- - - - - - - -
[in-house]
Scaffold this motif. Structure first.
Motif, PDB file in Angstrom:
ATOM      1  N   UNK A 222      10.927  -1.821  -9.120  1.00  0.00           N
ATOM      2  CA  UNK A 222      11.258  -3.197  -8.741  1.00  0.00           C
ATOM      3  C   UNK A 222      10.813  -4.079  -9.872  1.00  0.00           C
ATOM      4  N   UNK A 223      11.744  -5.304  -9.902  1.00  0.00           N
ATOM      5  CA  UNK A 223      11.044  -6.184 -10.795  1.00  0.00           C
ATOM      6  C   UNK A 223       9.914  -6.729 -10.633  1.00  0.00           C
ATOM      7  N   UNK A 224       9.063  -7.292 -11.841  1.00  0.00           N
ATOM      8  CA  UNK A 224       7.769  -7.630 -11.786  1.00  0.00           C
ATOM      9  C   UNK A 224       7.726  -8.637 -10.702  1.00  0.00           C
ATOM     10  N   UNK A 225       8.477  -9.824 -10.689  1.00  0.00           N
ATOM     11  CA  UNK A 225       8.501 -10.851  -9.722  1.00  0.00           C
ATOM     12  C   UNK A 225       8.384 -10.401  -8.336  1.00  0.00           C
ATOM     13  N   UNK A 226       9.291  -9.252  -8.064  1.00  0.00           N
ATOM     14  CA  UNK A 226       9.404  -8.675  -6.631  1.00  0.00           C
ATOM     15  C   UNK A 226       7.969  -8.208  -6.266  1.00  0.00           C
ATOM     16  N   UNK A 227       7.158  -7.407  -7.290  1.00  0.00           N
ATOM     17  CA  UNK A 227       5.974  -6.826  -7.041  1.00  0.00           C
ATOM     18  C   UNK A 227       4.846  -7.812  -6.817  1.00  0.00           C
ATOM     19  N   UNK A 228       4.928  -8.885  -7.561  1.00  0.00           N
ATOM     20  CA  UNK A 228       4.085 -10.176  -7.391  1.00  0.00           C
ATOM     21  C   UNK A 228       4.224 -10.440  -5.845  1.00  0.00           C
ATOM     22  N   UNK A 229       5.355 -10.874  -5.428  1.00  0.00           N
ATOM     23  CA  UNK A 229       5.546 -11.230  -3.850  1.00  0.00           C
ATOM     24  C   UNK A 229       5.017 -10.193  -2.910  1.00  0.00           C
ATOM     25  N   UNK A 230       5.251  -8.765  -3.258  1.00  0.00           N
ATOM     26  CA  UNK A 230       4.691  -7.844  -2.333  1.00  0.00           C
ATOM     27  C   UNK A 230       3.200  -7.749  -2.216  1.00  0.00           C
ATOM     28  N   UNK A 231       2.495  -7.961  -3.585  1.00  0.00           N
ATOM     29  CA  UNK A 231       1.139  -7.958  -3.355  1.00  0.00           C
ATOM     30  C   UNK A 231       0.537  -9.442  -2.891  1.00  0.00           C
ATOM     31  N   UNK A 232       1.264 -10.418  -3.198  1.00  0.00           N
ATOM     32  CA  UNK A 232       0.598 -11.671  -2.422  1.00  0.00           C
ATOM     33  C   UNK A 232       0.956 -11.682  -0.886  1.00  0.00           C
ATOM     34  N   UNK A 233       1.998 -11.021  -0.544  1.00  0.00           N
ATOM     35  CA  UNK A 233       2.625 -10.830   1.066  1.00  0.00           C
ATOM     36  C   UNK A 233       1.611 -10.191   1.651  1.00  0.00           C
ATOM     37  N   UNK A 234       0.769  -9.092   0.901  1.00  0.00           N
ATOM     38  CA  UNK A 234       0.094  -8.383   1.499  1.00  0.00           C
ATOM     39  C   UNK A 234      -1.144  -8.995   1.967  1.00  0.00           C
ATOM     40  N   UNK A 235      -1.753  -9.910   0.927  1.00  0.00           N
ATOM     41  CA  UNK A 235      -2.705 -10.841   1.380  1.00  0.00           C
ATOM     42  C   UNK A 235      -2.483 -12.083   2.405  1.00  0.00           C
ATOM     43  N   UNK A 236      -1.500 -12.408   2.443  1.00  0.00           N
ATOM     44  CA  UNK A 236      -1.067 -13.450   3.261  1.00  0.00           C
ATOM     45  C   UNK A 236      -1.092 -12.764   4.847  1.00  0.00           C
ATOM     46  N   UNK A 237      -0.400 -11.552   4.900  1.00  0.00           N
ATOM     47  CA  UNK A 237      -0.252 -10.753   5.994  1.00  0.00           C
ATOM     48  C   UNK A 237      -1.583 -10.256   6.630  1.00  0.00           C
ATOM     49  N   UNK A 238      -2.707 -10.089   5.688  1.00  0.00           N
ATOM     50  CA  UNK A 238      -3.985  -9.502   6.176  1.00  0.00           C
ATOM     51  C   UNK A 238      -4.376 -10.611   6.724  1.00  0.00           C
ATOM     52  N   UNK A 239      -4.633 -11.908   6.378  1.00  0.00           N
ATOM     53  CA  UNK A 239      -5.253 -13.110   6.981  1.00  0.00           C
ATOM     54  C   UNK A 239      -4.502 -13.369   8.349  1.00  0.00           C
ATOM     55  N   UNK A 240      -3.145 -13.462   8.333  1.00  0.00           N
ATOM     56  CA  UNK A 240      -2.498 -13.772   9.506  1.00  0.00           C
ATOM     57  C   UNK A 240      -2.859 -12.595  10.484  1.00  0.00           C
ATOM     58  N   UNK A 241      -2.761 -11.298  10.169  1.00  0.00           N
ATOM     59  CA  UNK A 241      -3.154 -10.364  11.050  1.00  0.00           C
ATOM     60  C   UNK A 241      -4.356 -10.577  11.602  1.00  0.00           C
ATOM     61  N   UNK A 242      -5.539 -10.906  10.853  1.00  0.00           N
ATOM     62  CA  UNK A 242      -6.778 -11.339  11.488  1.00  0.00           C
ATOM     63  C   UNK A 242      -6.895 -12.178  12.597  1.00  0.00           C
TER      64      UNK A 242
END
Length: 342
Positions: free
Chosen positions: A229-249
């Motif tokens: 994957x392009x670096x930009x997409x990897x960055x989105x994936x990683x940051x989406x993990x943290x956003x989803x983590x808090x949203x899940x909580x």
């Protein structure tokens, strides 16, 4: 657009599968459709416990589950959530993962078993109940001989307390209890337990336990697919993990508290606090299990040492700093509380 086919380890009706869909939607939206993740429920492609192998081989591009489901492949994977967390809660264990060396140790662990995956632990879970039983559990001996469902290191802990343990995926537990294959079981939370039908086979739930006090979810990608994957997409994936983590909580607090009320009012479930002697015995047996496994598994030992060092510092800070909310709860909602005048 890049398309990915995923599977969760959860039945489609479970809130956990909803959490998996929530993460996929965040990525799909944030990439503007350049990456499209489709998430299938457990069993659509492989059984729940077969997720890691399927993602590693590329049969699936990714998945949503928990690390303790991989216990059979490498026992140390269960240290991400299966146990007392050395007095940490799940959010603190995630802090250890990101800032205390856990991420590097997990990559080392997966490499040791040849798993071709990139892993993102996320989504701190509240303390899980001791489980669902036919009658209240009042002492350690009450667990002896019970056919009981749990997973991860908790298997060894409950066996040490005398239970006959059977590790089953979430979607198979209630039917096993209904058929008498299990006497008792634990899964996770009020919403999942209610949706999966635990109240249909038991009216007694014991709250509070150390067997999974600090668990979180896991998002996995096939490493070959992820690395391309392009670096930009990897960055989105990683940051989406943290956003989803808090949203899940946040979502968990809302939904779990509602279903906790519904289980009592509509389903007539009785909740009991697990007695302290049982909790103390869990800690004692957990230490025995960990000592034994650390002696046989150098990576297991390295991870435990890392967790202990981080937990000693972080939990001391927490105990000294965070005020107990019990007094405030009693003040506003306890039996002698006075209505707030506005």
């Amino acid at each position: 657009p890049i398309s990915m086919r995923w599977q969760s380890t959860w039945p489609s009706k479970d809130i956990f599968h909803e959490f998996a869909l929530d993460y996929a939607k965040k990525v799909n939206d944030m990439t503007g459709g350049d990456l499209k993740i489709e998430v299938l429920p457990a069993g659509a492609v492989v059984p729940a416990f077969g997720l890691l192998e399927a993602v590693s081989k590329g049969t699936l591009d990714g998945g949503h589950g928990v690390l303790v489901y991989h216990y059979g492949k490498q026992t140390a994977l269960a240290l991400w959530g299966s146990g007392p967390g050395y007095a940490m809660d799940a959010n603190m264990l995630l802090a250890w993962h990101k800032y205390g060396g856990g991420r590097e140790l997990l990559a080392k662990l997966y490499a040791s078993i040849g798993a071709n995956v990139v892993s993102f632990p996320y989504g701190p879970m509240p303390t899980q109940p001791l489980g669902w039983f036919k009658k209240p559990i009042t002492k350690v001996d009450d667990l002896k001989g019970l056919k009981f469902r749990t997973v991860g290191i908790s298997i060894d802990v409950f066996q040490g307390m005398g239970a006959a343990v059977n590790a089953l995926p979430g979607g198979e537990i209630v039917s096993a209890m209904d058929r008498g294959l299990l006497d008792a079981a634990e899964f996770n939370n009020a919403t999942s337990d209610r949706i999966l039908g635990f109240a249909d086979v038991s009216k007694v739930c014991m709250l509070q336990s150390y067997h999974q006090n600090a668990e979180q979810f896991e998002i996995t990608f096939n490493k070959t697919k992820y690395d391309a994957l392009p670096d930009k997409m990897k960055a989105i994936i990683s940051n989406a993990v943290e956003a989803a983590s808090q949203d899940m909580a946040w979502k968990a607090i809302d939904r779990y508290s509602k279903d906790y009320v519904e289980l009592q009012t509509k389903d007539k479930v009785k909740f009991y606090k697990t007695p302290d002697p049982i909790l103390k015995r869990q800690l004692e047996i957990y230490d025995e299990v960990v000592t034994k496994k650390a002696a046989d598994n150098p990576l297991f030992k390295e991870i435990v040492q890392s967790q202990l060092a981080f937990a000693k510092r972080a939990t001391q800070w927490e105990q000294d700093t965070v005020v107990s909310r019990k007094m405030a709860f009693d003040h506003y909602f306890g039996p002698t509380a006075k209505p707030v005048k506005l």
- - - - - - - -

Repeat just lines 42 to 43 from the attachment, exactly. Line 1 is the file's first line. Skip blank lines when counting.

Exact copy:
ATOM     39  C   UNK A 234      -1.144  -8.995   1.967  1.00  0.00           C
ATOM     40  N   UNK A 235      -1.753  -9.910   0.927  1.00  0.00           N